What were 2018’s Most Commonly Used Passwords?

The Web has made life more convenient for most people. It’s possible to bank on the internet, check out results of medical tests, have access to your email from any location, among endless other activities which all are protected by one thing: a password. And, for almost 3% of online users, cracking a password is as simple as stringing 6 consecutive numbers together.

For the 8th year, SplashData assessed over five million passwords which were leaked online to discover the most commonly utilized passwords.

Here, we list the top ten:

  • Iloveyou
  • Qwerty
  • Sunshine
  • 1234567
  • 111111
  • 12345
  • 12345678
  • 123456789
  • Password
  • 123456

You can see the complete list here.

Did you see one of your passwords listed? If so, then it is time to consider a stronger measure of security.

How Is it Possible to Create A Stronger Password?

Typically, the most secure passwords have lower and upper-case letters, numerals, and one symbol. While those combinations may be more challenging to recall, they are also more difficult for hackers to crack.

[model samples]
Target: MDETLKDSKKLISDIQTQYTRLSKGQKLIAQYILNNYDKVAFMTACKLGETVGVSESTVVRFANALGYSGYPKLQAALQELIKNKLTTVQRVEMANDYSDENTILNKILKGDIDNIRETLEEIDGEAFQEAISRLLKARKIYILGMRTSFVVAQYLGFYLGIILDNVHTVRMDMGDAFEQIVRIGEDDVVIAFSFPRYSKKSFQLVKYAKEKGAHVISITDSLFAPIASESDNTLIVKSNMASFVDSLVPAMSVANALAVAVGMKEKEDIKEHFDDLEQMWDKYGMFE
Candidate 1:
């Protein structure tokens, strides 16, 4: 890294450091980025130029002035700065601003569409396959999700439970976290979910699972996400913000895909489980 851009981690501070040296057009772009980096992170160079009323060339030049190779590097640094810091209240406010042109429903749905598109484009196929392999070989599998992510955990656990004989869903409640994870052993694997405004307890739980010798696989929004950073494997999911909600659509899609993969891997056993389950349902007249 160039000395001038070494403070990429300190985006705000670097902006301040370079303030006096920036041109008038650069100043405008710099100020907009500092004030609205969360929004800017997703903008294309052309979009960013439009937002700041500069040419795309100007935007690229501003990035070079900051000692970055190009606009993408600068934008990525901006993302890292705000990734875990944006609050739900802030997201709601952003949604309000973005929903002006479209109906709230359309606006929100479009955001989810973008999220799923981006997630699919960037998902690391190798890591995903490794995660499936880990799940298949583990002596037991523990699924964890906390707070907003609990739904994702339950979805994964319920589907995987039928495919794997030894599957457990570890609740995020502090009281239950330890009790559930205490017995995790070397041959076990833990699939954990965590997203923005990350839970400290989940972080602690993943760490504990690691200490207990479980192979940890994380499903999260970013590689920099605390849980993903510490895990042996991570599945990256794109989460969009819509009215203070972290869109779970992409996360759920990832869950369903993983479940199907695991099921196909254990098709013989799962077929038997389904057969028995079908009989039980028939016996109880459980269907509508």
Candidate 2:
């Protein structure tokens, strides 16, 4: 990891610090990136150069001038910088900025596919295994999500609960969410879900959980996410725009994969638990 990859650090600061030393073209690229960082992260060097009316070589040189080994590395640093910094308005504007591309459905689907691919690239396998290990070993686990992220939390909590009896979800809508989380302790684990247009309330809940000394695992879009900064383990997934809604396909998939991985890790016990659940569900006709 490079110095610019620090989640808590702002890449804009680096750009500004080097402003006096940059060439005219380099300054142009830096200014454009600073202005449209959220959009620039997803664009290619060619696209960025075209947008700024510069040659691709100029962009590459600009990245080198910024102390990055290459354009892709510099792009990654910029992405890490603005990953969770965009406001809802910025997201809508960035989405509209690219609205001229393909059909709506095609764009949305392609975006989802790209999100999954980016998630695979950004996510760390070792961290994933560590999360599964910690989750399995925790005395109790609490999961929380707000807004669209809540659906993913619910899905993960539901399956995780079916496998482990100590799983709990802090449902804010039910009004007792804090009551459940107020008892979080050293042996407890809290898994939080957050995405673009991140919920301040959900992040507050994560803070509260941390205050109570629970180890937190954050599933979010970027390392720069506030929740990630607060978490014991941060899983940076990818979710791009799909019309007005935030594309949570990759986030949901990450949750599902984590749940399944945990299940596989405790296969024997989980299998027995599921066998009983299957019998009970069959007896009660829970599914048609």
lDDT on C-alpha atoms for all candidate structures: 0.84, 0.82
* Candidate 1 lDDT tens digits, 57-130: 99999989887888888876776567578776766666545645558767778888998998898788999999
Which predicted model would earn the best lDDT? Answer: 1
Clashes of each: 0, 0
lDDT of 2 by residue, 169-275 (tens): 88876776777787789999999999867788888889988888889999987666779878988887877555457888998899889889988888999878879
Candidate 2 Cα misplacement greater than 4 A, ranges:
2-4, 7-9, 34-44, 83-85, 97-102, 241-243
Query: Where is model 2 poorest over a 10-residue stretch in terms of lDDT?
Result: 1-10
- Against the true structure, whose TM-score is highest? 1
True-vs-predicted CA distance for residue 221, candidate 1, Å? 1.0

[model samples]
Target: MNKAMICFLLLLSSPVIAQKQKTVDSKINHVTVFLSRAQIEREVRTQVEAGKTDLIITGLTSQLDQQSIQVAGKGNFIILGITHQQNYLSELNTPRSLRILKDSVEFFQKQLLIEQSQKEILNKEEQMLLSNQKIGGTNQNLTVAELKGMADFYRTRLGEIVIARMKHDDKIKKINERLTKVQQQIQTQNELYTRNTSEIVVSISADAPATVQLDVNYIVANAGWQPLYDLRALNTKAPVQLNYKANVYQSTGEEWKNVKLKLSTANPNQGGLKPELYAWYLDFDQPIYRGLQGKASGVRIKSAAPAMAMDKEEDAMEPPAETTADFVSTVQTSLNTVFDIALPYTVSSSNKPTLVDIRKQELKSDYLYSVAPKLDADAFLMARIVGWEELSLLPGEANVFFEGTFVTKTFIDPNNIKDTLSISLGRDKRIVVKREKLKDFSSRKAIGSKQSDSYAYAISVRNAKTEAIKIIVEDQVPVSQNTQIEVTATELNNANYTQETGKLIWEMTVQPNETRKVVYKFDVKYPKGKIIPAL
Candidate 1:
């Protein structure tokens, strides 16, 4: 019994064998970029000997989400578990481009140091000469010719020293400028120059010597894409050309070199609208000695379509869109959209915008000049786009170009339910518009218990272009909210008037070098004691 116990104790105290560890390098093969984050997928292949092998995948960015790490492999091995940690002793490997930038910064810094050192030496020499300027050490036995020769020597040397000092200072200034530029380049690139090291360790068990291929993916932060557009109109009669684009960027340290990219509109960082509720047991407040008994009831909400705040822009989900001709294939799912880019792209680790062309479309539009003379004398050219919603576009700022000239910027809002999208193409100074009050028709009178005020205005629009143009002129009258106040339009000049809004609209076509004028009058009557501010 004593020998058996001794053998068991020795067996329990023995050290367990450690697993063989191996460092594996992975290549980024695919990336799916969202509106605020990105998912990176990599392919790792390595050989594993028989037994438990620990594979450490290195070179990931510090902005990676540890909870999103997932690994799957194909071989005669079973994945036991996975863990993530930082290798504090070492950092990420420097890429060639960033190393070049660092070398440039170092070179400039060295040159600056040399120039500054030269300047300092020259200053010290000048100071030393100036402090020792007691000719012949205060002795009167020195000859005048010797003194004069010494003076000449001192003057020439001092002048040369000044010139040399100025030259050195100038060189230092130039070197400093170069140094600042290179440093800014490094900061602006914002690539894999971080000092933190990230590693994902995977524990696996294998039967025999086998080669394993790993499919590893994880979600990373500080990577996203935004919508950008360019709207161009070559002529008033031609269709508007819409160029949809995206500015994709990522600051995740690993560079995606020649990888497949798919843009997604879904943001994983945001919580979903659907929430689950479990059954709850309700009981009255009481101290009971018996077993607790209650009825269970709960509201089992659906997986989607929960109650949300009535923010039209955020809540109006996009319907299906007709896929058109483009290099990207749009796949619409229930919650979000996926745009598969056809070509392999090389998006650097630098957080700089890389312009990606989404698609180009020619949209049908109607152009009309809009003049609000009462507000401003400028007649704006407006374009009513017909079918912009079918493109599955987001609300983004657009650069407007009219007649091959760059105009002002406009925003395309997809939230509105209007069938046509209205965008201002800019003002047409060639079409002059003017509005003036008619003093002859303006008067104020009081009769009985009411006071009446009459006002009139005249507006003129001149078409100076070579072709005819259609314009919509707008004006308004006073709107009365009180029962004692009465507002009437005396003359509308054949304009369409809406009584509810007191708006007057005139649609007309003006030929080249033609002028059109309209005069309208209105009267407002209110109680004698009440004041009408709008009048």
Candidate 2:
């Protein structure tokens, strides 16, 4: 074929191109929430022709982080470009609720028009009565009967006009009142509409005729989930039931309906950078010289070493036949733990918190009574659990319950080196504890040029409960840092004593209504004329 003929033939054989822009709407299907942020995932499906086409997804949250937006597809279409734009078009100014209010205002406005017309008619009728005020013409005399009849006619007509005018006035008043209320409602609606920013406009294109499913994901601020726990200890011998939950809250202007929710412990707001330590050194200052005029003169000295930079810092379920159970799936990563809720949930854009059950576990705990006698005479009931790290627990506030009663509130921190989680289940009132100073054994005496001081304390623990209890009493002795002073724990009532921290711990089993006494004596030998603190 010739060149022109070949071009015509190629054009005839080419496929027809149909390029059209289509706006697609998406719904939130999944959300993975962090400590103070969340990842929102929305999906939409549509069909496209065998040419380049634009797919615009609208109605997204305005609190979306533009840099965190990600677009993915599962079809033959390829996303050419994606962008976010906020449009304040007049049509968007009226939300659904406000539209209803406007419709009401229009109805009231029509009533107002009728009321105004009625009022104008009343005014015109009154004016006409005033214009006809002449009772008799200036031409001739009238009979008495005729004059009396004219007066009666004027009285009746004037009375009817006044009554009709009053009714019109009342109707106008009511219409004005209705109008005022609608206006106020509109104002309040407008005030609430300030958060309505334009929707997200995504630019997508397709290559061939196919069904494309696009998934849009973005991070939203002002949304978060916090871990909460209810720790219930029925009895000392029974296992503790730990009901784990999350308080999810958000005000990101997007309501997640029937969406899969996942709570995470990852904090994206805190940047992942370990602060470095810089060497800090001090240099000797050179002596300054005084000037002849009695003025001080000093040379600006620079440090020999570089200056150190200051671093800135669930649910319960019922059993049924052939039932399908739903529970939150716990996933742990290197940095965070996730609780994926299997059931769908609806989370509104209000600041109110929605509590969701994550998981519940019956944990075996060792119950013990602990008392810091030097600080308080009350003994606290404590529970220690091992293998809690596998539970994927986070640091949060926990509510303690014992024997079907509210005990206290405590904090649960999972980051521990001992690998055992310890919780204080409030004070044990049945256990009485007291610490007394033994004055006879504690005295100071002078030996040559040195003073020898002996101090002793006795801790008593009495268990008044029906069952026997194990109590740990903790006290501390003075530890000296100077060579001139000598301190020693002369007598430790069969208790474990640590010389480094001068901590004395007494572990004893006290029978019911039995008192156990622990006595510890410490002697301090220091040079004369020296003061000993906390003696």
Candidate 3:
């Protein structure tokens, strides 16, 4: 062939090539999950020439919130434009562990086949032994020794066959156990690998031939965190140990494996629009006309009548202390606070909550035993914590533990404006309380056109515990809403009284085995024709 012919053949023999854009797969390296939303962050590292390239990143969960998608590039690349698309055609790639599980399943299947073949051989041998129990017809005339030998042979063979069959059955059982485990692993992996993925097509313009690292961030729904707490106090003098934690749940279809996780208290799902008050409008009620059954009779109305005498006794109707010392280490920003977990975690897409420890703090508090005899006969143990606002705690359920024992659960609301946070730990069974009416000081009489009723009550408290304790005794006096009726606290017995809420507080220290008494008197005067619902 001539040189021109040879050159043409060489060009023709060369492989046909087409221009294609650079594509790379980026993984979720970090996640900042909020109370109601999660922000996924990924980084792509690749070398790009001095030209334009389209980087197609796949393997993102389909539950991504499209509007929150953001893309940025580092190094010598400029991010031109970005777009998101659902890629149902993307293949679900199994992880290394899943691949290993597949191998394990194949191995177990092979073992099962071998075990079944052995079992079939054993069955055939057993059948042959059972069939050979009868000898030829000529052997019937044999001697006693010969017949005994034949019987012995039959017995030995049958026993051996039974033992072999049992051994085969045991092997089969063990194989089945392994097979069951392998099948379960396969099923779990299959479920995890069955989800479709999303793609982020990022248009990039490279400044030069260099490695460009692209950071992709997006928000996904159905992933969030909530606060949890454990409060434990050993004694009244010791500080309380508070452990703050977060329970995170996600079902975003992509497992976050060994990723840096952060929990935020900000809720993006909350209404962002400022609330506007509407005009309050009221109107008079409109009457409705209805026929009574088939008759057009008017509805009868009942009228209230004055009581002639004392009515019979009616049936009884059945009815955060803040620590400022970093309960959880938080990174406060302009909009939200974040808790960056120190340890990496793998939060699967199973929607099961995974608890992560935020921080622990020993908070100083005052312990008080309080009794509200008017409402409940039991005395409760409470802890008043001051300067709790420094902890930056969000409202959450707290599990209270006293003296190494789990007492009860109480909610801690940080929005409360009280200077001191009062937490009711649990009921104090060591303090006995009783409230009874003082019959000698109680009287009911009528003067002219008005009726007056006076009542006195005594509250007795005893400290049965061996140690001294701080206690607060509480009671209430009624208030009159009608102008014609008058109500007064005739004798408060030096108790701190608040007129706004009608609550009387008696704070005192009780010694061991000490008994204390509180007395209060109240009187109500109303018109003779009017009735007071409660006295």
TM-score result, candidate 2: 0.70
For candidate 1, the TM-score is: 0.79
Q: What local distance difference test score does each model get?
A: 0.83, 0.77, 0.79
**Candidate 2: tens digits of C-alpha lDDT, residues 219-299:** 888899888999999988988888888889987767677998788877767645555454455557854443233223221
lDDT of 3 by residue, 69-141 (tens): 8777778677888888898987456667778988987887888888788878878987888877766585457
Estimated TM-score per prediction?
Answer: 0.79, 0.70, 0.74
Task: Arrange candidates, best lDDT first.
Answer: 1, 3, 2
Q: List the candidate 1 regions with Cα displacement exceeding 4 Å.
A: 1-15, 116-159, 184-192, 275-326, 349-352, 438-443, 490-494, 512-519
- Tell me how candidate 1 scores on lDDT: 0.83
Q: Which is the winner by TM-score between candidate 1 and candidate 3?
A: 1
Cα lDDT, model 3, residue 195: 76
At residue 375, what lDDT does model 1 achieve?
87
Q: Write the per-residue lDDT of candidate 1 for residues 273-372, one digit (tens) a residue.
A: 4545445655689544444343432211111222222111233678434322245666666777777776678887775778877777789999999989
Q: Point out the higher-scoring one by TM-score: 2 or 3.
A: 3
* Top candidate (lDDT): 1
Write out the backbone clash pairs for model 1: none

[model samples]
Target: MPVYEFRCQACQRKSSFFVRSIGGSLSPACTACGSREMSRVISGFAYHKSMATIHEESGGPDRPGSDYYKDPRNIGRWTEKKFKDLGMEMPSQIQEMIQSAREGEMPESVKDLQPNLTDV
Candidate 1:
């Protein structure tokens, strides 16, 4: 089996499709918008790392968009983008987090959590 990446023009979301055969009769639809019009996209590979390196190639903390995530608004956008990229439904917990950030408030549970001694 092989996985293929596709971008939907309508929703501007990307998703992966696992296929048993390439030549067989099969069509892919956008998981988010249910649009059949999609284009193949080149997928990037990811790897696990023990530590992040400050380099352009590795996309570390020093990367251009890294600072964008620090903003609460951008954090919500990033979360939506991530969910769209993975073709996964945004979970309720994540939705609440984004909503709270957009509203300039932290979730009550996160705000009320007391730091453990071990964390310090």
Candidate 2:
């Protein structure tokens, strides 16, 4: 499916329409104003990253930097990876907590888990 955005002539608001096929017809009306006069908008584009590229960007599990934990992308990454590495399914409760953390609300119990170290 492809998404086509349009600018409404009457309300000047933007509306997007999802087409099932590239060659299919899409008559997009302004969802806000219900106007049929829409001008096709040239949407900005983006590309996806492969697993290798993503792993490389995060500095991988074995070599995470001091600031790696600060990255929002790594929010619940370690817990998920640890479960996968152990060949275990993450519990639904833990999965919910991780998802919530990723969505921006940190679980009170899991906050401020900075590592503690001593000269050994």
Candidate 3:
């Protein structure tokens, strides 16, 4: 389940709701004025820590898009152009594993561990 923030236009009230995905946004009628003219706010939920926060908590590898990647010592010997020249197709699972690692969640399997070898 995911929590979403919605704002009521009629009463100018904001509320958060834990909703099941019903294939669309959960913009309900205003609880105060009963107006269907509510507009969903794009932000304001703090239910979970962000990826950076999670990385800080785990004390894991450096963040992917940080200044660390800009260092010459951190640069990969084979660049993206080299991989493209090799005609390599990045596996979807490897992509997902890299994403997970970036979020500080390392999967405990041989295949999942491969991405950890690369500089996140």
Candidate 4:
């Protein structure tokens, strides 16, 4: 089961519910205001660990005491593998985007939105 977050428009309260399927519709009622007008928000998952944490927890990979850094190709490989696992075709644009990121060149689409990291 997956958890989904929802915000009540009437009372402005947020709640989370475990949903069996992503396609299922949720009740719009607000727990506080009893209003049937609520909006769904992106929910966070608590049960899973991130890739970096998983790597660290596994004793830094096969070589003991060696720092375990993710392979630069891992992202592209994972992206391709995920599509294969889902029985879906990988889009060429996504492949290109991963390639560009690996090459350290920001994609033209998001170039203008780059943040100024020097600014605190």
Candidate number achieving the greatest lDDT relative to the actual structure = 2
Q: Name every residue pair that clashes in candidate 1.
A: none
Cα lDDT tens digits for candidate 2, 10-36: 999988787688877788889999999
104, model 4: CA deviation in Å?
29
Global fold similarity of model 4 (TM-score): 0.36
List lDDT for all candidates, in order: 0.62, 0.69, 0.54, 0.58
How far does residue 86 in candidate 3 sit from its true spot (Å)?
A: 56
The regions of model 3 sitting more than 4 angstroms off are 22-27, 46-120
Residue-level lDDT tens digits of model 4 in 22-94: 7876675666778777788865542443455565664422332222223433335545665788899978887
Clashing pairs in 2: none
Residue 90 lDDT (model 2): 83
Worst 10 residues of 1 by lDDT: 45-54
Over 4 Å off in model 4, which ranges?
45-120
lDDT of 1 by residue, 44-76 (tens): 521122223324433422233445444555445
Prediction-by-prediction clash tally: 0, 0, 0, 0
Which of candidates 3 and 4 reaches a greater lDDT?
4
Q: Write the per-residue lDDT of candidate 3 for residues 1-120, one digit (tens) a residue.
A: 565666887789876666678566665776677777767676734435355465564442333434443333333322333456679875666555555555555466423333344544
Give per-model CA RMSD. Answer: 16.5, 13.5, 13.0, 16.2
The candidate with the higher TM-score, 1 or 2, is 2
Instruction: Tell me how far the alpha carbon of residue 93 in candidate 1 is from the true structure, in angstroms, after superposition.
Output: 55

Further Protecting a Password

Making a stronger password is just half the battle – there are additional steps to take to keep a password secure.

First, choose 2-step verification when you can. With that method, the program you’re accessing is going to send a verification code to either your email address or cell phone that you must input before you log in. So long as your email address and phone are secure, it’ll prevent hackers from having access to your account.

One other great idea includes using a different password for each account. The more passwords you use, the more protected your information is. Although it is challenging to recall password after password, there are an abundance of available password managers which will store all of your passwords for you – just ensure the password manager is more secure than that post-it note that is stuck to your desk.

Finally, be certain that you keep the password secret. No matter how solid the password is, if another person knows your code, you’re possibly at risk. You also should just enter the password into secure sites – search for “HTTPS” prefacing the website’s URL.

Keep in mind, it only could take a single weak password for a hacker to access your whole network. Contact TSI today to make sure your business is protected.

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